The “Sup­p­ly Chain Act”: Over­view and Classification

Given pro­mi­nent pla­ce­ment by the Fede­ral Minis­try for Eco­no­mic Coope­ra­ti­on and Deve­lo­p­ment and the Fede­ral Minis­try of Labor and Social Affairs, the “Sup­p­ly Chain Act” has been the sub­ject of inten­se dis­cus­sion for months, but the govern­ment has yet to pre­sent a bin­ding draft: only a few key points and requi­re­ments have been announ­ced so far. At the same time, the­re has been some acti­vi­ty at the EU level, whe­re working groups have been crea­ted. Accor­din­gly, it is to be expec­ted that man­da­to­ry gui­de­lines will be adopted at the Euro­pean level in the not all-too distant future. If the struc­tures and con­tent which have beco­me known so far pro­ve to be in the final ver­si­on, the­se gui­de­lines will be very simi­lar to what is curr­ent­ly known about the Ger­man Sup­p­ly Chain Act.

Back­ground and cur­rent sta­te of things

In 2011, the United Nati­ons adopted Gui­ding Prin­ci­ples on Busi­ness and Human Rights, which defi­ned sta­te duties and cor­po­ra­te respon­si­bi­li­ties to respect human rights in glo­bal sup­p­ly chains. In its “Natio­nal Action Plan to Imple­ment the UN Gui­ding Prin­ci­ples” (NAP) (PDF only in Ger­man) in Decem­ber 2016, the Ger­man govern­ment initi­al­ly sought to imple­ment the­se prin­ci­ples on a vol­un­t­a­ry basis, in the expec­ta­ti­on that Ger­man com­pa­nies would ensu­re that their busi­ness does not have an adver­se impact on fun­da­men­tal rights. But sin­ce two rounds of stu­dies have yiel­ded only meager and unsa­tis­fac­to­ry results, the two Fede­ral Minis­tries have now sta­ted that they are working on the initi­al drafts of a “Sup­p­ly Chain Act” based on the rele­vant pro­vi­si­ons of the NAP and the pre­sent Coali­ti­on Agreement.

Known pro­vi­si­ons

The bill will app­ly to com­pa­nies based in Ger­ma­ny with more than 500 employees and will focus on “rele­vant risk are­as” such as forced labor, child labor and dis­cri­mi­na­ti­on. Its pro­vi­si­ons will be based on the afo­re­men­tio­ned UN Gui­ding Prin­ci­ples on Busi­ness and Human Rights, as well as the OECD Gui­de­lines for Mul­ti­na­tio­nal Enter­pri­ses: Due Dili­gence Gui­dance fir Respon­si­ble Sup­p­ly Chains. It will defi­ne requi­red actions as well as report­ing duties. The­re has also been talk in this con­text of a fede­ral agen­cy with regu­la­to­ry func­tions. Com­pa­nies will essen­ti­al­ly be requi­red to inves­ti­ga­te, ana­ly­ze, pre­vent, mini­mi­ze and, if neces­sa­ry, reme­dy poten­ti­al adver­se effects which their acti­vi­ties may be having on human rights. The bill will also pro­vi­de for fines against com­pa­nies and enforceable dama­ge claims for inju­red par­ties, but both the fines and the dama­ge claims will be con­tin­gent upon the company’s fail­ure to satis­fy its “duty to make best efforts.” What this means from a legal view­point is that the type and degree of due dili­gence which com­pa­nies are requi­red to exer­cise depend on an ex-ante ana­ly­sis of the requi­re­ments for pru­dent and con­sci­en­tious manage­ment given the spe­ci­fic posi­ti­on and social role of the acting par­ty. In other words, if the com­pa­ny does ever­y­thing that it could reason­ab­ly be expec­ted to do within the limits of its legal and fac­tu­al abili­ty but an inju­ry nevert­hel­ess occurs, the com­pa­ny can­not be held liable.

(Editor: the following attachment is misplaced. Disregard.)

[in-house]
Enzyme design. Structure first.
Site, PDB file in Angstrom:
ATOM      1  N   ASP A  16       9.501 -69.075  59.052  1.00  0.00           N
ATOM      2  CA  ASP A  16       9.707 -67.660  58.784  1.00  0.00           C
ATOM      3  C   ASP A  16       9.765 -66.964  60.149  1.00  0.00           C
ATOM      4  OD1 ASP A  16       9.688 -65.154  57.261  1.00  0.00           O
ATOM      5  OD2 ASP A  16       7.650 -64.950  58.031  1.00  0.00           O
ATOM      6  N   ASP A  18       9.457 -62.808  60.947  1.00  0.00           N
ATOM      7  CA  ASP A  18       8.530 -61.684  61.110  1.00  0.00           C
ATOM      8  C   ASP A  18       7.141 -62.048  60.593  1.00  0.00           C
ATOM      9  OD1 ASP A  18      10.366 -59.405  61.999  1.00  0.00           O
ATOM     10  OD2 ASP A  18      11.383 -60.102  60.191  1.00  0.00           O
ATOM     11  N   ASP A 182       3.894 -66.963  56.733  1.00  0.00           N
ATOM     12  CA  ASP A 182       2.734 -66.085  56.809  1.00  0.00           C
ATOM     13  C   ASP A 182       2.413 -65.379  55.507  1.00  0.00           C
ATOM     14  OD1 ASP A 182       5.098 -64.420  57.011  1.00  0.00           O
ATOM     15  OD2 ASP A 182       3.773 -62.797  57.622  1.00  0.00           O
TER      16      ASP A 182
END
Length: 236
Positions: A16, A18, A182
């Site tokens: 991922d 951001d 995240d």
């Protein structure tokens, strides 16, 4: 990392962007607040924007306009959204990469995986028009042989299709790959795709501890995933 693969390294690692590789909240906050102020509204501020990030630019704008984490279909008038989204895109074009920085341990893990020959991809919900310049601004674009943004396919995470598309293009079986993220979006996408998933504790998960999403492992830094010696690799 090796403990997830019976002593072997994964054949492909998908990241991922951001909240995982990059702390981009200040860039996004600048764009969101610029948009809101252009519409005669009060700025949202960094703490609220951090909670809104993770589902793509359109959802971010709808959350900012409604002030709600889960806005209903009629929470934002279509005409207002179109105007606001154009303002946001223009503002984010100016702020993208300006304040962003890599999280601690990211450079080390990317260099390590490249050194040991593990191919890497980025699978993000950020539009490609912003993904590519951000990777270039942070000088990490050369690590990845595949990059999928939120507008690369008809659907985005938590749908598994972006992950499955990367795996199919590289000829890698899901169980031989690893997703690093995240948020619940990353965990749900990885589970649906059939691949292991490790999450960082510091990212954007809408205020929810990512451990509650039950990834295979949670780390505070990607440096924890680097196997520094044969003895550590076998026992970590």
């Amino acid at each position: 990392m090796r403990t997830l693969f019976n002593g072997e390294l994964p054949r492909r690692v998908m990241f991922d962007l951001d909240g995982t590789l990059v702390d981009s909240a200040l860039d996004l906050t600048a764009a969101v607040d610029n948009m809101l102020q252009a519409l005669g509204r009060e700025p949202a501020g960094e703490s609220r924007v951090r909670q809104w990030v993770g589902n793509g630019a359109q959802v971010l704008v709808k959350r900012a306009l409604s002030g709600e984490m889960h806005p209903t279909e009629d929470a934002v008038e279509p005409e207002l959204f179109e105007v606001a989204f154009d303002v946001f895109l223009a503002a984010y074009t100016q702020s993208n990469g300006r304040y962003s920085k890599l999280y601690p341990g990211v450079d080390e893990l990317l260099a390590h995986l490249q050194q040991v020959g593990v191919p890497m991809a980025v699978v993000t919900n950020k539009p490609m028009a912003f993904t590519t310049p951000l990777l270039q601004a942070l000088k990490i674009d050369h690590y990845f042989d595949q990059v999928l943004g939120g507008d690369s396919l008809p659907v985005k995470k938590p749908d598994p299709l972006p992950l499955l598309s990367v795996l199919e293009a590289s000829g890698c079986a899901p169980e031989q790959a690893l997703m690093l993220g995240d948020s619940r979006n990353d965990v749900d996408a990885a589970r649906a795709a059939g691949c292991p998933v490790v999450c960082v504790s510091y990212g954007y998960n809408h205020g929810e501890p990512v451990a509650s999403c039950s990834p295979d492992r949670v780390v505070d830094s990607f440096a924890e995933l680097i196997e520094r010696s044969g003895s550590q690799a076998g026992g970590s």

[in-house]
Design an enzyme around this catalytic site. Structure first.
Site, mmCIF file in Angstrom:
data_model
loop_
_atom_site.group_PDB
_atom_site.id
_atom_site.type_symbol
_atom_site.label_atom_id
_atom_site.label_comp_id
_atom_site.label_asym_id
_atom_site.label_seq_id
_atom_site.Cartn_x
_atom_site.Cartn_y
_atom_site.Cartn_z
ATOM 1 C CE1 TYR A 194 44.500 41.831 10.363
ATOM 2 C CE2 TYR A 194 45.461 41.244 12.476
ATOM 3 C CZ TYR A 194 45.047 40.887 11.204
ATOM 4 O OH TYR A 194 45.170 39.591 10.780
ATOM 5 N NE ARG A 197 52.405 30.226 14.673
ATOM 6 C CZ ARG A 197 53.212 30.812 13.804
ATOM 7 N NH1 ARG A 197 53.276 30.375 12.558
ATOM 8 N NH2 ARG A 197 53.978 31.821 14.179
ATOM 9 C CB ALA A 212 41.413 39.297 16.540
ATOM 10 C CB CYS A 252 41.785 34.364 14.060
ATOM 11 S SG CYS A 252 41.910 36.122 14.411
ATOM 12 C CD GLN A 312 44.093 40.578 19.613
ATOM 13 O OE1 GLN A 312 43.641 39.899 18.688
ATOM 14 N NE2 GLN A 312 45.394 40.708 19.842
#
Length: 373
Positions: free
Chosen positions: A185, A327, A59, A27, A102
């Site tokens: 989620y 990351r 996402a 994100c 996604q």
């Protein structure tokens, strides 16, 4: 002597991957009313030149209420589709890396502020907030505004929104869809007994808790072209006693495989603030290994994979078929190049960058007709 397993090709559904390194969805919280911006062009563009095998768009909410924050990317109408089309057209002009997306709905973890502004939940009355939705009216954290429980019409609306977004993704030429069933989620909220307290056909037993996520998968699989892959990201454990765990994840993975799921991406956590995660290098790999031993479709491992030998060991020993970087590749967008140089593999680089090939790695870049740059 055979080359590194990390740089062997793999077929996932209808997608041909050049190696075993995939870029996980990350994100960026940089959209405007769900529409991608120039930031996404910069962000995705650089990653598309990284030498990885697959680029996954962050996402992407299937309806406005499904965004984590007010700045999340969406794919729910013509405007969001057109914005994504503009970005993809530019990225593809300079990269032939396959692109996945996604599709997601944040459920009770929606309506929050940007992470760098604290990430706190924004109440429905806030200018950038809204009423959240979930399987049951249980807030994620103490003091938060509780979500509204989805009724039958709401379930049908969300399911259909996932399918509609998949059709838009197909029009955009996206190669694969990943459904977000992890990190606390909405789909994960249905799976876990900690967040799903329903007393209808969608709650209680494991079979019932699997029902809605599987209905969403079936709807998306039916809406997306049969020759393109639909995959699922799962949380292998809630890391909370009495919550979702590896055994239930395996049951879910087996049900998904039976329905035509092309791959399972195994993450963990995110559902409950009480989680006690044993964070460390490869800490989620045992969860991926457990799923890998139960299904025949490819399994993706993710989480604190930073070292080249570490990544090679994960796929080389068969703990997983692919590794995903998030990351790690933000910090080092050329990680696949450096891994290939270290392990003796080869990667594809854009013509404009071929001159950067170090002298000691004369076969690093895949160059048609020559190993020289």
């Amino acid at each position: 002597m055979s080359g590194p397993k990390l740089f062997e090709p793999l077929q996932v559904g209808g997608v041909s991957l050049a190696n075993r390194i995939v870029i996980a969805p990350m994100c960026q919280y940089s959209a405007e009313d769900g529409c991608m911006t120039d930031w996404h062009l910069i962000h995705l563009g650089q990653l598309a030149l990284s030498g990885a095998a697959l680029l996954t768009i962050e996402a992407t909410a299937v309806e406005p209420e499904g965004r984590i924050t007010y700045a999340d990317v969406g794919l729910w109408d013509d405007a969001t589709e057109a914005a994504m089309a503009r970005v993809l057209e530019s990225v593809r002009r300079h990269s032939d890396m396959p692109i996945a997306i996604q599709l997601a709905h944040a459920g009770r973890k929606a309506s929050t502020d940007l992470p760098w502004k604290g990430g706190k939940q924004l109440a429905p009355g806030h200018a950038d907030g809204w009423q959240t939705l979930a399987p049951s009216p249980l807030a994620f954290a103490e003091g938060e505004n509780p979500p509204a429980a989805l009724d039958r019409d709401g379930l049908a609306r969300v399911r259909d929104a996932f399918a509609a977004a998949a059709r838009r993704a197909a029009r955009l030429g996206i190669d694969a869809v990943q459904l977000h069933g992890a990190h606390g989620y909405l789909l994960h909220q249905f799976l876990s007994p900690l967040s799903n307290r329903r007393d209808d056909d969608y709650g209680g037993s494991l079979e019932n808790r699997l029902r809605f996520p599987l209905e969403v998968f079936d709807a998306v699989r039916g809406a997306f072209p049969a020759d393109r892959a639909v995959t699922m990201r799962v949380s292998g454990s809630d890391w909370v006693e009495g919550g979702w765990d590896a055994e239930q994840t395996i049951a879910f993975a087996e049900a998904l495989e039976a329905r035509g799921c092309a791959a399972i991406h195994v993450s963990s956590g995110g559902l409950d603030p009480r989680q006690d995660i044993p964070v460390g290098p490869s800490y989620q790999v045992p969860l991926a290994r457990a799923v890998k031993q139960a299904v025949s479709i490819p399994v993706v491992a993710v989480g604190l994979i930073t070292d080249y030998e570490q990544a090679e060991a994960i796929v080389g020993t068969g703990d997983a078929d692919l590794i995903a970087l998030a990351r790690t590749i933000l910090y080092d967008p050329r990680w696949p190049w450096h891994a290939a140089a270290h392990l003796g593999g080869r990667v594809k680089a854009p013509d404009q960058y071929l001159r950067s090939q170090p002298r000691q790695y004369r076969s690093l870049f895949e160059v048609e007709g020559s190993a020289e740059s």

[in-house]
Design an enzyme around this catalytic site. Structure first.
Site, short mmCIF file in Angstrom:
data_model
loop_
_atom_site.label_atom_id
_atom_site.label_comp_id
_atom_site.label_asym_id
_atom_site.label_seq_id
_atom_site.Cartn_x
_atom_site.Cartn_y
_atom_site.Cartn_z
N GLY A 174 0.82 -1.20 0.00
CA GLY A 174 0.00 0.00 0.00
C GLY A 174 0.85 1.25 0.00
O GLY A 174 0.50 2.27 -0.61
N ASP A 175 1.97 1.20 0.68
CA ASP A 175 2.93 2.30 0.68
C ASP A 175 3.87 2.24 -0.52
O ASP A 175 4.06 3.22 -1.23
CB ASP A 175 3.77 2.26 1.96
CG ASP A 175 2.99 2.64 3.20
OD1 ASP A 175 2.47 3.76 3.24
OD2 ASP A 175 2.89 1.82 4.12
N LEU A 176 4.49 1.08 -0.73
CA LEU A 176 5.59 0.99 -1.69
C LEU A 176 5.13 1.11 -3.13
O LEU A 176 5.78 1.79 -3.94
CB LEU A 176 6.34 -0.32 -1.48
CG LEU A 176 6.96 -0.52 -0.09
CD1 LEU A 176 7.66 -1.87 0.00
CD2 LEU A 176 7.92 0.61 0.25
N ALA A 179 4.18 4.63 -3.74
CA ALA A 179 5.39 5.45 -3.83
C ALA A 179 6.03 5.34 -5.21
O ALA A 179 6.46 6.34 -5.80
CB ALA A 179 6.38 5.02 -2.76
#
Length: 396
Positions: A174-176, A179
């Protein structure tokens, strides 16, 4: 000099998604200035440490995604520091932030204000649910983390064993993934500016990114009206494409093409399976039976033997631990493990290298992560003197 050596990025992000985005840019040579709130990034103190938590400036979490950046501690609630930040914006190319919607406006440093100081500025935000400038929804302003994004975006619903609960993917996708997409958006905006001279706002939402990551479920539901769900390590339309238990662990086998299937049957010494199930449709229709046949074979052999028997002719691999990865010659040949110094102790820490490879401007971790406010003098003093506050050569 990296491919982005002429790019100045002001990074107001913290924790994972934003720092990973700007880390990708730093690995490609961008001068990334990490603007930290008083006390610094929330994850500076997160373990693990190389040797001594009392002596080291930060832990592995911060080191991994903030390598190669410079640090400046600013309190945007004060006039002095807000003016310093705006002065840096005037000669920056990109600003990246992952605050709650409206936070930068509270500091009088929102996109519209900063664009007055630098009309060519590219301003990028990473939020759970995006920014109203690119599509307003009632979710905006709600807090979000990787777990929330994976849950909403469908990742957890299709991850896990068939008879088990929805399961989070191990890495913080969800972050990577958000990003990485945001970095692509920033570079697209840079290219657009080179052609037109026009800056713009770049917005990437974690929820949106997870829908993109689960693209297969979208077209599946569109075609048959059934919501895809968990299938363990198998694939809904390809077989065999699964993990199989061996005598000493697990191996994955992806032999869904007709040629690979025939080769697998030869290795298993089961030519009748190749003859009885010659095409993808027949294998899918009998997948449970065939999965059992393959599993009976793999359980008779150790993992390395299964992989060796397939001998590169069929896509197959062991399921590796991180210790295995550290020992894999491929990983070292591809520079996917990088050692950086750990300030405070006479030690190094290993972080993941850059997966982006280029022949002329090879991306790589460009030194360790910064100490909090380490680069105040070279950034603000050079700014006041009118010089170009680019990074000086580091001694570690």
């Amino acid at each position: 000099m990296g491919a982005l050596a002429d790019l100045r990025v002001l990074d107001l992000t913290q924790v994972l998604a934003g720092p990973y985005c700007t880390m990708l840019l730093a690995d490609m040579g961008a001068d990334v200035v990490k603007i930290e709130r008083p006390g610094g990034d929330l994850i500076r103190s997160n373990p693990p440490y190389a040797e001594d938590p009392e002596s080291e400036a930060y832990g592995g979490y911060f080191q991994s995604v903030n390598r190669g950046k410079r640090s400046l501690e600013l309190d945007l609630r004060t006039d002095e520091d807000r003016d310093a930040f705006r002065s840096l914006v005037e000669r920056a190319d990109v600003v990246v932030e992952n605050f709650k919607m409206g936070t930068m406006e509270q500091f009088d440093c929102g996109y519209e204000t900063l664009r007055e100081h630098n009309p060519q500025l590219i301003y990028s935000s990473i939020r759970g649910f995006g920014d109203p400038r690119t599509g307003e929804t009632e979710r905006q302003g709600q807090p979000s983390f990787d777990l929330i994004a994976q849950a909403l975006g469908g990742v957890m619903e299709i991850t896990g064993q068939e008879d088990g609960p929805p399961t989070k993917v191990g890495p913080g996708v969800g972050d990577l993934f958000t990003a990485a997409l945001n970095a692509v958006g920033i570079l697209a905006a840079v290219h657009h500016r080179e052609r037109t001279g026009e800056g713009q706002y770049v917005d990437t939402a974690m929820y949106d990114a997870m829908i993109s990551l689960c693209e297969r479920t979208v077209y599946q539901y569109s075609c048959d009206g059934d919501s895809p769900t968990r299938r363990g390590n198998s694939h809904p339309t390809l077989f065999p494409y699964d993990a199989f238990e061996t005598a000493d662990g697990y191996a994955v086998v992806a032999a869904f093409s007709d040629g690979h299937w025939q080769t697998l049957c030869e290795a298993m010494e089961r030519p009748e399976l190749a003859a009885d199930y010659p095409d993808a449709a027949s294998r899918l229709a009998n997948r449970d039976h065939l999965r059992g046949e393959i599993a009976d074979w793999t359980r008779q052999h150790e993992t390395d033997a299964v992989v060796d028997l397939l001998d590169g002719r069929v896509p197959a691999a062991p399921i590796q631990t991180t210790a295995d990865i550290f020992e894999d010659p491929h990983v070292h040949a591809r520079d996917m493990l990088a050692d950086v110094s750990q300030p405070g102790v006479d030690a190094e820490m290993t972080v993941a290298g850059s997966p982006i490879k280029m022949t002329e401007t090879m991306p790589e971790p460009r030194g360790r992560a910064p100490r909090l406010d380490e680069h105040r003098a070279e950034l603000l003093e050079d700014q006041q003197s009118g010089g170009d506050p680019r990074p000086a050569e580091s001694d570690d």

Con­se­quen­ces for com­pa­nies if the curr­ent­ly known con­tent is implemented

It remains to be seen whe­ther this bill will even make it to Fede­ral Par­lia­ment this ses­si­on, or if the Euro­pean Uni­on will pre­empt it in the end with regu­la­ti­ons of its own.

Chal­lenges for the future

The requi­re­ments which have beco­me known so far go much fur­ther than exis­ting sta­tu­to­ry pro­vi­si­ons. This will come into play espe­ci­al­ly for high­ly com­plex sup­p­ly chain struc­tures in which the stake­hol­ders are con­stant­ly chan­ging. Com­pa­nies which are affec­ted by the­se chan­ges will face gre­at chal­lenges not only due to the need to crea­te struc­tures and resour­ces of their own, but will also have to rely on exter­nal struc­tures such as e.g. infor­ma­ti­on and ana­ly­tics plat­forms or inspec­tion ser­vice providers.

Com­pre­hen­si­ve “tools” and bin­ding stan­dards which busi­nesses could use to ori­ent them­sel­ves are only available in iso­la­ted cases and the poten­ti­al bur­den of seve­re fines and dama­ge claims will exert sub­stan­ti­al pres­su­re on com­pa­nies, which can ulti­m­ate­ly be coun­te­red only at con­sidera­ble expen­se. As a result, it is of urgent importance for com­pa­nies to stay “up-to-date” on future deve­lo­p­ments. Ide­al­ly, they should act now to ana­ly­ze their own cor­po­ra­te and sup­pli­er struc­tu­re, as well as their hand­ling of sus­taina­bi­li­ty requi­re­ments. Iden­ti­fy­ing and addres­sing cri­ti­cal are­as and poten­ti­al solu­ti­ons in advan­ce will redu­ce stress in the future. We look for­ward to hea­ring from you.


Stay up-to-date

We use your email address exclusively for sending our newsletter. You have the right to revoke your consent at any time with effect for the future. For further information, please refer to our privacy policy.